1384.6 - Statistics - Tasmania, 2004  
ARCHIVED ISSUE Released at 11:30 AM (CANBERRA TIME) 22/04/2004   
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Feature Article - Issues affecting voluntary work in Tasmania in 2002


In 2002, existing volunteer organisations in rural and remote communities have expressed concern that volunteers who have been a part of their respective groups for many years are now ageing. Young people have limited employment opportunities in rural and remote communities and are being forced to move to larger cities or interstate, leaving a void of potential volunteers.

Access to affordable and reliable transport for volunteers has become the main prohibitive factor for volunteer effort in small rural communities. Public transport companies tend to cater for the paid workforce, which leaves volunteers to find their own way or choose not to volunteer at all.

The rising cost of petrol is also a strain for many people.

Good volunteer management practices advocate that volunteers be reimbursed for out-of-pocket expenses incurred while on the job, however this is only possible if the employing organisation has the funds available.


The cost of and/or non-availability of public liability insurance for voluntary community groups has become a recent issue. Some groups have been forced to forego insurance, cancel events or even cease to exist because of greatly increased premiums.

The peak body for volunteering in Tasmania, Volunteering Tasmania, recently requested information from voluntary groups about their experience with public liability insurance costs.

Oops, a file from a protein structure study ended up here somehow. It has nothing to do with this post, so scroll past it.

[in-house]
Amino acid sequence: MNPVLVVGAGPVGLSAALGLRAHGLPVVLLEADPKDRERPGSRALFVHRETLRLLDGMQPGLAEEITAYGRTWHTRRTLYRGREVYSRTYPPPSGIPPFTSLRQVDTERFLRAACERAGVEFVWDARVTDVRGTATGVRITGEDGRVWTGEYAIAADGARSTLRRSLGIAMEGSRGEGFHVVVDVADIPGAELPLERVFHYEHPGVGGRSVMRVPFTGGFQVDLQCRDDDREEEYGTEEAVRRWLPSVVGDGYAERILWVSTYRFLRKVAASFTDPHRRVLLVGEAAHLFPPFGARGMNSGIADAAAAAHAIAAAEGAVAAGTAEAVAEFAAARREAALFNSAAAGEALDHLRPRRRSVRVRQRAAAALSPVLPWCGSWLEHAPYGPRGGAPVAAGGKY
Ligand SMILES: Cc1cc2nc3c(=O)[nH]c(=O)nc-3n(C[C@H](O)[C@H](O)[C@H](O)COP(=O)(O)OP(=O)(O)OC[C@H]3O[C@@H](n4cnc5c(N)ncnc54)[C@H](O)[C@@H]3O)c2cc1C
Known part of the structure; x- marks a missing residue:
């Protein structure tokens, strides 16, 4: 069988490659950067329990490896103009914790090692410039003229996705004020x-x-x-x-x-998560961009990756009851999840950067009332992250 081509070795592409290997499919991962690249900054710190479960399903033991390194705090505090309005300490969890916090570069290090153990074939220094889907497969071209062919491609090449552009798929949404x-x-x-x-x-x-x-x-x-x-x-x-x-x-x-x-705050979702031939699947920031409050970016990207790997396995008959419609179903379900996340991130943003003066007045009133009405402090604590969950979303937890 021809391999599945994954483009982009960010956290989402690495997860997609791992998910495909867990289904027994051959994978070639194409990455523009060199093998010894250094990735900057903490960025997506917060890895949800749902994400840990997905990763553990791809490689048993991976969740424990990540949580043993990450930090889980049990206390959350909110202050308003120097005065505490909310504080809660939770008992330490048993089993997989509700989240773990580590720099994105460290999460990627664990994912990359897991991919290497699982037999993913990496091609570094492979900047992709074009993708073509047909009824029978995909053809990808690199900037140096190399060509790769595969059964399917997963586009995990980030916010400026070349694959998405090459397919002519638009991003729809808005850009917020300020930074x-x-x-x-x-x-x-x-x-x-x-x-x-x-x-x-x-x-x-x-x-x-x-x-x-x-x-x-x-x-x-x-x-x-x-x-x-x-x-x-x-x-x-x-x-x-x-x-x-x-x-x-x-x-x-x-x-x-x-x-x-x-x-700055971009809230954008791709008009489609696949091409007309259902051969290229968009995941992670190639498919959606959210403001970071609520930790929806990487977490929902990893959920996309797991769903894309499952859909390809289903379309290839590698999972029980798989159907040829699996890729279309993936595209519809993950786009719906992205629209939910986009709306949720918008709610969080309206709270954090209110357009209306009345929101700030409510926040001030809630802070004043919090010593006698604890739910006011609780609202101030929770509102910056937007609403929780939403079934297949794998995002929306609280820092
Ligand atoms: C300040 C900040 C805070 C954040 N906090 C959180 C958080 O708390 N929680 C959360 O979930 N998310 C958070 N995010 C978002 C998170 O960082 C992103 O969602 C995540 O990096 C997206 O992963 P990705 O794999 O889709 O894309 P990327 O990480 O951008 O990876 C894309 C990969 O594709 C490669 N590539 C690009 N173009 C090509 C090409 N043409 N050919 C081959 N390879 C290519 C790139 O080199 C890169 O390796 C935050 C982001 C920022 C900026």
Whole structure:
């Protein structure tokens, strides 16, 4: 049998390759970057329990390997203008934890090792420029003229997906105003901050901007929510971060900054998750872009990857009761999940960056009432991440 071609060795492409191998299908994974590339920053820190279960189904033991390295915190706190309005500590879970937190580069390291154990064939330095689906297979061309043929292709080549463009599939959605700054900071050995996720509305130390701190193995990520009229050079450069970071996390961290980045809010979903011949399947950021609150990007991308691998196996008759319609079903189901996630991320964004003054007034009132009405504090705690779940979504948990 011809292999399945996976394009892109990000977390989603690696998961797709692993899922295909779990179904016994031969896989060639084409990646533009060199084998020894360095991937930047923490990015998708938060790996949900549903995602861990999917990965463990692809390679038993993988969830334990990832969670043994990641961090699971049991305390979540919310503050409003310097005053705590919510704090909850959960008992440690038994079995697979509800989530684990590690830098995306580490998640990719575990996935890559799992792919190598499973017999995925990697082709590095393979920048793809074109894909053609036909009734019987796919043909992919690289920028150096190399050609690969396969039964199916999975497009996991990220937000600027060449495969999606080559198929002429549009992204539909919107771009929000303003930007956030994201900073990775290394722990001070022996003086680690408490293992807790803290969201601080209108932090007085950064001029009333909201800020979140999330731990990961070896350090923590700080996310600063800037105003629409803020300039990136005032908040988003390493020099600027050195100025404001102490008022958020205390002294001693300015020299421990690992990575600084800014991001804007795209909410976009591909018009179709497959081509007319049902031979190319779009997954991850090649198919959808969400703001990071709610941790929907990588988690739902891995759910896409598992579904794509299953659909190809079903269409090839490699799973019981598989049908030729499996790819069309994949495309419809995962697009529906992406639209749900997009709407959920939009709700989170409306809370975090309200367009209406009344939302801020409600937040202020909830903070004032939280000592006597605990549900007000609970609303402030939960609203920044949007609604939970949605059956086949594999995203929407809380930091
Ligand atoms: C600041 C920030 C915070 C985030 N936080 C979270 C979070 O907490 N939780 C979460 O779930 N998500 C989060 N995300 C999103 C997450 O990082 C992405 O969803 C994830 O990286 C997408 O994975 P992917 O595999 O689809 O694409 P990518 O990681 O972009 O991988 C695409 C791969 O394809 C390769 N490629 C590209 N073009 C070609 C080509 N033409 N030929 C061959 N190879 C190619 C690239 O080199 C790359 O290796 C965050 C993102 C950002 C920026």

Information obtained will be used to compile a series of case histories on the effects of these increased costs. The case histories will be used to lobby the State Government and the Commonwealth Government for action to reduce the effects upon voluntary groups.

Preliminary results show that of all voluntary groups surveyed:

  • Half reported that their public liability insurance premiums had increased. Increases varied from 'only minor' to more than double.
  • Some stated that they were having to pay increased fees for use of premises, due in part to increased insurance costs for the owners.
  • Some indicated that they had to pay an increased premium to cover volunteers aged over 65 years or had been refused cover on volunteers of this age.
  • Likely consequences included increased membership and activity fees, cancelled events and the possibility of organisations ceasing to exist.

Given current obstacles, volunteering in Tasmania is still strong. Volunteering Tasmania's offices interview over 30 potential volunteers each week. Training Services of the organisation provide both accredited and non-accredited training to about 200 volunteers and volunteer coordinators each year across the State.